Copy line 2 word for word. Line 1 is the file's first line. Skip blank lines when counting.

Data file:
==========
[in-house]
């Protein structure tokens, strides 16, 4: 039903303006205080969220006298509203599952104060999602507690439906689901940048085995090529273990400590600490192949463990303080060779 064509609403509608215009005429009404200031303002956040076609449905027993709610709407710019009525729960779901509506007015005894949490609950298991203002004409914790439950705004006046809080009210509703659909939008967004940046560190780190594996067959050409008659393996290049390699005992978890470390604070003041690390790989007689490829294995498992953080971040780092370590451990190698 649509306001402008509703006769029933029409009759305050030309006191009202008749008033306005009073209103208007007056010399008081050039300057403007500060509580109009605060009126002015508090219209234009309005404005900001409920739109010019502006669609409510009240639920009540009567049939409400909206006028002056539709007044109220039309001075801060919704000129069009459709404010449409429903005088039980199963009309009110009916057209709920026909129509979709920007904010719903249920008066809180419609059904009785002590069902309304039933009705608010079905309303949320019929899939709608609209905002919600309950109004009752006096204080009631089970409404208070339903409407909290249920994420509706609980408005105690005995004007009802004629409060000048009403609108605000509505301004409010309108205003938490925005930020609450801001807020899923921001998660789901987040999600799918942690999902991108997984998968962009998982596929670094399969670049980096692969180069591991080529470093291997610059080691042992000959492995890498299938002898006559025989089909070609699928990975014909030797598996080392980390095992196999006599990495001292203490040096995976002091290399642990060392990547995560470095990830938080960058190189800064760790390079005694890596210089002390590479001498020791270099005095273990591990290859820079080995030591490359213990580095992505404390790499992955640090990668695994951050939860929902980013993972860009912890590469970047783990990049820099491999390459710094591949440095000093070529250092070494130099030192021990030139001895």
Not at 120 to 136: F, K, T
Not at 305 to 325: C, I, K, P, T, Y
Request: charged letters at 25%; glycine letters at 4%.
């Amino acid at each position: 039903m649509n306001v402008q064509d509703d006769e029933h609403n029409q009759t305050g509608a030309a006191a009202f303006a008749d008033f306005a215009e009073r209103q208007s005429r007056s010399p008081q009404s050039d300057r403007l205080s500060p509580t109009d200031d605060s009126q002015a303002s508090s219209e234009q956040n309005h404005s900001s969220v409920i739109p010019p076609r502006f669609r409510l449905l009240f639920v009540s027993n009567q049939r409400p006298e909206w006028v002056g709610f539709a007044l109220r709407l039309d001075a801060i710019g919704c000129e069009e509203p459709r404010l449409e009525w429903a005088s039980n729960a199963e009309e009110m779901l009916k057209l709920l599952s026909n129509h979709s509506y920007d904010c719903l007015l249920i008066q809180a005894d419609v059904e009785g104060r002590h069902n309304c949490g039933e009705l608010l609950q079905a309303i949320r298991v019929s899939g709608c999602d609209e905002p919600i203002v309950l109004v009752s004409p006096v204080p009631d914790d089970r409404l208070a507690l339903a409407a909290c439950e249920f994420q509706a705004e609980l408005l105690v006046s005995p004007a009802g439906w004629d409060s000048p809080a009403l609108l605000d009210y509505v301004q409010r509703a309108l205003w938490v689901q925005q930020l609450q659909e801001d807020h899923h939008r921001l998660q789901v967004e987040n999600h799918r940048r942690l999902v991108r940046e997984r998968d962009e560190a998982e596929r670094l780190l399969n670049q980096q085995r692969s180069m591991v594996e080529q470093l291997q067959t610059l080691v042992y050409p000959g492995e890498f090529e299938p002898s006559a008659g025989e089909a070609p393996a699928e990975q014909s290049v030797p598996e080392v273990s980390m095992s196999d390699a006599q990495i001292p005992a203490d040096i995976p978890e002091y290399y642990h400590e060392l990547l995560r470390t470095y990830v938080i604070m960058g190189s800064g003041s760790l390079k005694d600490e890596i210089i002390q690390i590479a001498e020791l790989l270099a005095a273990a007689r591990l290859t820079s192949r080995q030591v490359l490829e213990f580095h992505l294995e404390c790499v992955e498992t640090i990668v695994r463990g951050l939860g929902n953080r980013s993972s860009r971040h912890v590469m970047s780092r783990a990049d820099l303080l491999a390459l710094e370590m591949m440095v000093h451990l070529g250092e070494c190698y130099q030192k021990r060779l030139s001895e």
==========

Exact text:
């Protein structure tokens, strides 16, 4: 039903303006205080969220006298509203599952104060999602507690439906689901940048085995090529273990400590600490192949463990303080060779 064509609403509608215009005429009404200031303002956040076609449905027993709610709407710019009525729960779901509506007015005894949490609950298991203002004409914790439950705004006046809080009210509703659909939008967004940046560190780190594996067959050409008659393996290049390699005992978890470390604070003041690390790989007689490829294995498992953080971040780092370590451990190698 649509306001402008509703006769029933029409009759305050030309006191009202008749008033306005009073209103208007007056010399008081050039300057403007500060509580109009605060009126002015508090219209234009309005404005900001409920739109010019502006669609409510009240639920009540009567049939409400909206006028002056539709007044109220039309001075801060919704000129069009459709404010449409429903005088039980199963009309009110009916057209709920026909129509979709920007904010719903249920008066809180419609059904009785002590069902309304039933009705608010079905309303949320019929899939709608609209905002919600309950109004009752006096204080009631089970409404208070339903409407909290249920994420509706609980408005105690005995004007009802004629409060000048009403609108605000509505301004409010309108205003938490925005930020609450801001807020899923921001998660789901987040999600799918942690999902991108997984998968962009998982596929670094399969670049980096692969180069591991080529470093291997610059080691042992000959492995890498299938002898006559025989089909070609699928990975014909030797598996080392980390095992196999006599990495001292203490040096995976002091290399642990060392990547995560470095990830938080960058190189800064760790390079005694890596210089002390590479001498020791270099005095273990591990290859820079080995030591490359213990580095992505404390790499992955640090990668695994951050939860929902980013993972860009912890590469970047783990990049820099491999390459710094591949440095000093070529250092070494130099030192021990030139001895």